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Edgar Bolles, M. D.

Edgar Bolles, M.D., who was for a score of years a successful physician, of high repute, in Macomb, McDonough County, Ill., was born in Sandusky, Ohio January 12, 1837. He was a son of William K. and Sarah (West) Bolles, of whom the former was born in New London, Conn., in 1807 and the latter in Hillsdale, N. Y., in the same year. Being desirous of bettering their fortunes they journeyed to LaGrange County, Ind., making the trip in an old-fashioned lumber wagon with an ox-team. They discovered, however, that the new region was much infested with malaria and chills and fever, and therefore returned to Hillsdale, N. Y. Remaining there about one year, they came to Blandinsville, Ill., in 1853, and moved to Emmet Township, Mcdonough County, in 1866. The subject of this sketch remained on the farm with his father until he was twenty-one years old, assisting in the farm work during the summer and attending district school during the winter. On attaining his majority he entered the seminary at Blandinsville, where he studied two years. He then taught school and worked in various ways in order to secure the means to pursue a medical course. In 1863 he came to Macomb and read medicine with Huston & Hammond. In 1868 he attended lectures at the Long Island College Hospital, Brooklyn, N. Y., for one term. Next he took a course in the Detroit Medical College, from which he received his degree in medicine and surgery in 1869. After graduating he returned home and taught school for one term. In 1870 he went again to Detroit, where he served as assistant to Professors Weber and Jenks, in the departments of anatomy and diseases of women and children. Subsequently he was occupied for a time as assistant in the office of Dr. Jenks, after which he located at Pennington Point, McDonough County, Ill., where he remained until 1881. In that year he moved to Macomb, where he spent the remainder of his life, dying May 14, 1900. He was very highly regarded as a physician and as a man and citizen, building up an extensive practice and enjoying the confidence of his patients and the general public. On various occasions, Dr. Bolles traveled widely throughout the United States, and when seized with his final sickness had completed preparations and secured tickets for an ocean voyage, in order to make an extended tour abroad. He had accumulated considerable means, and held stock in both the sewer-pipe companies in Macomb. On May 15, 1872, the subject of this sketch was united in marriage with Fannie Penrose, at Macomb, where her family was among the pioneer residents. This union resulted in two children, one of whom died in childhood, and the other, Howard W. Bolles, is now serving as Deputy Sheriff of McDonough County. On political questions, Dr. Bolles was in accord with the policies of the Republican party. Religiously, although not connected with any denomination, he leaned toward the Methodist Episcopal Church. In fraternal circles, he was identified with the A. F. & A. M., being a Mason of high standing, a Knight Templar and a Noble of the Mystic Shrine. He was also affiliated with the dramatic order, Knights of Khorassan and the Knights of Pythias.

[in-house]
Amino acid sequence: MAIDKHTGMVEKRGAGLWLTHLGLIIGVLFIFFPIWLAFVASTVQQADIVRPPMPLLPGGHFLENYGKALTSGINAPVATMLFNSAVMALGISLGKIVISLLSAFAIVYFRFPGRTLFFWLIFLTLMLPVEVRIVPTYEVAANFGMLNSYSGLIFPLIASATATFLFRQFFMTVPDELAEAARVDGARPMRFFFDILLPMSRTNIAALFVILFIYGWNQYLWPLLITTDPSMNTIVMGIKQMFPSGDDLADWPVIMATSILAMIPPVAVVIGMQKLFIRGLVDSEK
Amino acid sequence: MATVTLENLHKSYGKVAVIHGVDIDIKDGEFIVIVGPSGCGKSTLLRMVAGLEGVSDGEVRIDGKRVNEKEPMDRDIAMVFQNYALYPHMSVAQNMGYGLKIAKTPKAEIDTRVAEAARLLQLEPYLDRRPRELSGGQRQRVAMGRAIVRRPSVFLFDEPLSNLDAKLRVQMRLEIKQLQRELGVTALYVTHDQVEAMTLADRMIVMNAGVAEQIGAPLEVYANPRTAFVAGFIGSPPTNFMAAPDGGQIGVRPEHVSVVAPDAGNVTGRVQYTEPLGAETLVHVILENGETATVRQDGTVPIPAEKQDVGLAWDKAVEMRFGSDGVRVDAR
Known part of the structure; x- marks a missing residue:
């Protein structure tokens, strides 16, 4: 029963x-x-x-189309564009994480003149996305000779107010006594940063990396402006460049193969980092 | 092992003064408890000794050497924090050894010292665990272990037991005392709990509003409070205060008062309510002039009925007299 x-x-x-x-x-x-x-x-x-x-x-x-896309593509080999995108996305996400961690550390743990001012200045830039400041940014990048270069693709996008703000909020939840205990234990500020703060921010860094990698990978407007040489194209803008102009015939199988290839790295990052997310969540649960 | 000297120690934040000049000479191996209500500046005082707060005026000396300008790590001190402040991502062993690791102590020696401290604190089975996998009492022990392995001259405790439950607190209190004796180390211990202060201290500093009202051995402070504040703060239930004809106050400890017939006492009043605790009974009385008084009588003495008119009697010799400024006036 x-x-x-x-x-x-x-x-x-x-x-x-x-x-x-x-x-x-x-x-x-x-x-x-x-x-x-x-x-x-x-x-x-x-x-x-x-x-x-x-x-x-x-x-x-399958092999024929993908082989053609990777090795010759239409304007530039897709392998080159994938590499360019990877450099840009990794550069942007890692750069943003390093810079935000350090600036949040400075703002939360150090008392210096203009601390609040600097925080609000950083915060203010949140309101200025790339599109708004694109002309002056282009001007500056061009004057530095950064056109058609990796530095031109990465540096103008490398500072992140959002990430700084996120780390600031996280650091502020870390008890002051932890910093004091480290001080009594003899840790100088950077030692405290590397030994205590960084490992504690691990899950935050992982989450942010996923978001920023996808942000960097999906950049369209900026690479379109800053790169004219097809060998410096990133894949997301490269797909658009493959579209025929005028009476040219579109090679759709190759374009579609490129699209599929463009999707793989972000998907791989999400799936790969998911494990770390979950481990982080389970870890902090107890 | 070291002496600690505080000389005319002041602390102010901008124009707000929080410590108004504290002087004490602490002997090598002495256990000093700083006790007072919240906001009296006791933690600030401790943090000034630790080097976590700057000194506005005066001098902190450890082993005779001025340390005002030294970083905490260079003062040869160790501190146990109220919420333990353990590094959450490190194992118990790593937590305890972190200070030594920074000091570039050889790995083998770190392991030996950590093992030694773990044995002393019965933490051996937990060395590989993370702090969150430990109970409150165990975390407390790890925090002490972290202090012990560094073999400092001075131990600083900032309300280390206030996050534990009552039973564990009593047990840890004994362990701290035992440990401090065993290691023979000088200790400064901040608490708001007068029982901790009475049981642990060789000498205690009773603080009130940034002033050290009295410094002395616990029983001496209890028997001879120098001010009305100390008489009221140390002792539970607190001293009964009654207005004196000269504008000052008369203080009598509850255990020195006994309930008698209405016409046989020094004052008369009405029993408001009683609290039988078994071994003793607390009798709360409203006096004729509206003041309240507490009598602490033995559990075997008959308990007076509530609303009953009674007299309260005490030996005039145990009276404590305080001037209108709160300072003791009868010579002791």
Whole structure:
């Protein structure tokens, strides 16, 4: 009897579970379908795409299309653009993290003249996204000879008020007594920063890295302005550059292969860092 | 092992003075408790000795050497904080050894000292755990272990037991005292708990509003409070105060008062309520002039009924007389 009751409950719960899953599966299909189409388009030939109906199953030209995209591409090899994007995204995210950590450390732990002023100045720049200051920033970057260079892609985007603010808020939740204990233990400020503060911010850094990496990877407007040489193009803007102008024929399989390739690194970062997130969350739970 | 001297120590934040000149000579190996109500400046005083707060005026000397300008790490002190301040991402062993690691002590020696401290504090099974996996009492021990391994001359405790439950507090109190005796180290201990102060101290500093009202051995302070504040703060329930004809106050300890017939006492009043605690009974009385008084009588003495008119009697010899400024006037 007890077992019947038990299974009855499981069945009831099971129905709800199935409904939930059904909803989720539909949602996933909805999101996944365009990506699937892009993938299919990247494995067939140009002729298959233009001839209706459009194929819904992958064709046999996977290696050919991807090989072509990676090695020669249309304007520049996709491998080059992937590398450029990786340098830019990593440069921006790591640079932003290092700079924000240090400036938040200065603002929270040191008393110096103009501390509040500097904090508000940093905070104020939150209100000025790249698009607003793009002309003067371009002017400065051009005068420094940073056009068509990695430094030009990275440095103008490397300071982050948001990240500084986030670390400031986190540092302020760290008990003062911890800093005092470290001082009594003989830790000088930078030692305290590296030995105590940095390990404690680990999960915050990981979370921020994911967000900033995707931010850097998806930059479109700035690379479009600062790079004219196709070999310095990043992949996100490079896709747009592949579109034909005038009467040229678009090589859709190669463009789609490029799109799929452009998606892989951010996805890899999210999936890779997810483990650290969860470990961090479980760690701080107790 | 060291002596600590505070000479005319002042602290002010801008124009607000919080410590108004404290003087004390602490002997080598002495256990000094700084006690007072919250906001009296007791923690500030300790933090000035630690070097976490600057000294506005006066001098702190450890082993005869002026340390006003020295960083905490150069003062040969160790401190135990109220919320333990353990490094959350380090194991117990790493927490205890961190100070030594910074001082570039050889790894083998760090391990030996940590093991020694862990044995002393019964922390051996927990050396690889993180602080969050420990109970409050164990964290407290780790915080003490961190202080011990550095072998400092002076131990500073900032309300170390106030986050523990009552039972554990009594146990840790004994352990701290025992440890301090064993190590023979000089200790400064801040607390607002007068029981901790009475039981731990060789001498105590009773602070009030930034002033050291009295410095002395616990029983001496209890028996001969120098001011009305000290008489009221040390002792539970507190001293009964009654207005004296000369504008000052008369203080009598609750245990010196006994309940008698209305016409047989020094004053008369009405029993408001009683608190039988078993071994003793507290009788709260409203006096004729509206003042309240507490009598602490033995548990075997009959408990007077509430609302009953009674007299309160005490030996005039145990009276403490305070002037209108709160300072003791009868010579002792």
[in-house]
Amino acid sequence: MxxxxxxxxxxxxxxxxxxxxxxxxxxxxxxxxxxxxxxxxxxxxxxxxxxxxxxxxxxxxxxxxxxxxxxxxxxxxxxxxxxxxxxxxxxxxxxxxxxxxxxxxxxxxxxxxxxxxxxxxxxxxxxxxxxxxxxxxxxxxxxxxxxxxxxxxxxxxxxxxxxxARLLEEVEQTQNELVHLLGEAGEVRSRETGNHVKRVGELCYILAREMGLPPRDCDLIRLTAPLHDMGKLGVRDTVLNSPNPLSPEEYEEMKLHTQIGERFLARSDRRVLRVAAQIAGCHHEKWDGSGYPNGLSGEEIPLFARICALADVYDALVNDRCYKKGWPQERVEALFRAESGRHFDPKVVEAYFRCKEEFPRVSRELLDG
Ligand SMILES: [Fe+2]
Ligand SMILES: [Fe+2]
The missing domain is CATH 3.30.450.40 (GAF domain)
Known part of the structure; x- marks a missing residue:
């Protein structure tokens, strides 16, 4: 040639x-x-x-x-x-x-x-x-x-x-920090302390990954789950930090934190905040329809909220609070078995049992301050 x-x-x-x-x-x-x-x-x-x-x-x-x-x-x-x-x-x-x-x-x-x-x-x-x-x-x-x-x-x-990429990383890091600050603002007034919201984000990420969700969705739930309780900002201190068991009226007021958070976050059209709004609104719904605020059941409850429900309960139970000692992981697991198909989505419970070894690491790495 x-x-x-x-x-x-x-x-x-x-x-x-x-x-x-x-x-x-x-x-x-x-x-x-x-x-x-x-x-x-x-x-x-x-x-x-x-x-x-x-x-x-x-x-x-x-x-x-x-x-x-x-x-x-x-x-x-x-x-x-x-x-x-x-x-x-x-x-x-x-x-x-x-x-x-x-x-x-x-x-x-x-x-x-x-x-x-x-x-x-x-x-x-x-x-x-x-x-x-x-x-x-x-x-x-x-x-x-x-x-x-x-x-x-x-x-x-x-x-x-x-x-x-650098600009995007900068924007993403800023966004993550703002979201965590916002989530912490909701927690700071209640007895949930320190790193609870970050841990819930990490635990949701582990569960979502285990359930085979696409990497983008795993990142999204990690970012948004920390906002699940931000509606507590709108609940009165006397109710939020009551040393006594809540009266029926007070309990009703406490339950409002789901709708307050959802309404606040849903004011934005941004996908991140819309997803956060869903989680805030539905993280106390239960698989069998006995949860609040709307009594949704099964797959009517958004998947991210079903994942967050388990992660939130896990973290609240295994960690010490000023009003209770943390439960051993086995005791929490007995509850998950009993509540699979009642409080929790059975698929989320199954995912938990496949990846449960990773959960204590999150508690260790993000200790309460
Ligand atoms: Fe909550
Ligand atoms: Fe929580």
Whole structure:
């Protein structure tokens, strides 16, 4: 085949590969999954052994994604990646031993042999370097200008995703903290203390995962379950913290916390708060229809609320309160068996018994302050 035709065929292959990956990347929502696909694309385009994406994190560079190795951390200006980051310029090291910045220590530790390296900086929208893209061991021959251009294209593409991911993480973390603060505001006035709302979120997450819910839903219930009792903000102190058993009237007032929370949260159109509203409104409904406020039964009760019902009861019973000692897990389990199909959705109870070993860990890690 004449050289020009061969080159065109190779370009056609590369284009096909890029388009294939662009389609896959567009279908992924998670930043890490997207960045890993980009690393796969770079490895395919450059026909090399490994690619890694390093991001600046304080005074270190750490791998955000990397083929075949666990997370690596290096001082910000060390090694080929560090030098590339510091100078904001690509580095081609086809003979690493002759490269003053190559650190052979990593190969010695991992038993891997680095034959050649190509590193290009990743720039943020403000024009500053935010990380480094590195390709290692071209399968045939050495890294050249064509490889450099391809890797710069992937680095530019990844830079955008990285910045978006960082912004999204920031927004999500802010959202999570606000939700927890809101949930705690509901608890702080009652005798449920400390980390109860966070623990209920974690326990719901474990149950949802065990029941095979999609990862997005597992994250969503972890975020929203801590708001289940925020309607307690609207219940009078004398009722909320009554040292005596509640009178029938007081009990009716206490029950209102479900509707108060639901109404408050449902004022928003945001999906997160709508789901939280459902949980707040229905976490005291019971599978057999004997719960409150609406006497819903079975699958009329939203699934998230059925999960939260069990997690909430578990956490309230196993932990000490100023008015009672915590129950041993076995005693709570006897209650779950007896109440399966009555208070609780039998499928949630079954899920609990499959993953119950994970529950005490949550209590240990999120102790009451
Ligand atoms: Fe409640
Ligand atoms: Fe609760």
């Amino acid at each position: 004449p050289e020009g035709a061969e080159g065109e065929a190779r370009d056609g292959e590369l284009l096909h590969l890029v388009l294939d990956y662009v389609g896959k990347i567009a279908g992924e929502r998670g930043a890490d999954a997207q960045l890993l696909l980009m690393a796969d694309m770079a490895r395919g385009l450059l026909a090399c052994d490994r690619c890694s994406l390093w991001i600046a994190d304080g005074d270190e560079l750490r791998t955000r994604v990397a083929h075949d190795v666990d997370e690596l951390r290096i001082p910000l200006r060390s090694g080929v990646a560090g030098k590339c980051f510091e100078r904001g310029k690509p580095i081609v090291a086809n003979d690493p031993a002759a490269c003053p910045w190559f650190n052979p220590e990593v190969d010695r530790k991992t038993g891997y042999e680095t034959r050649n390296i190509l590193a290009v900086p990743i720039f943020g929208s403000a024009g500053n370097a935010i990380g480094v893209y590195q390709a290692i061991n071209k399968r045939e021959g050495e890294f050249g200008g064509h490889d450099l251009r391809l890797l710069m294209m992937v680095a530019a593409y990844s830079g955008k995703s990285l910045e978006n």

Source: The Historical Encyclopedia of Illinois and History of McDonough County, compiled by Dr. Newton Bateman, and Paul Shelby, 1907. Submitted by Joanne Scobee Morgan <>

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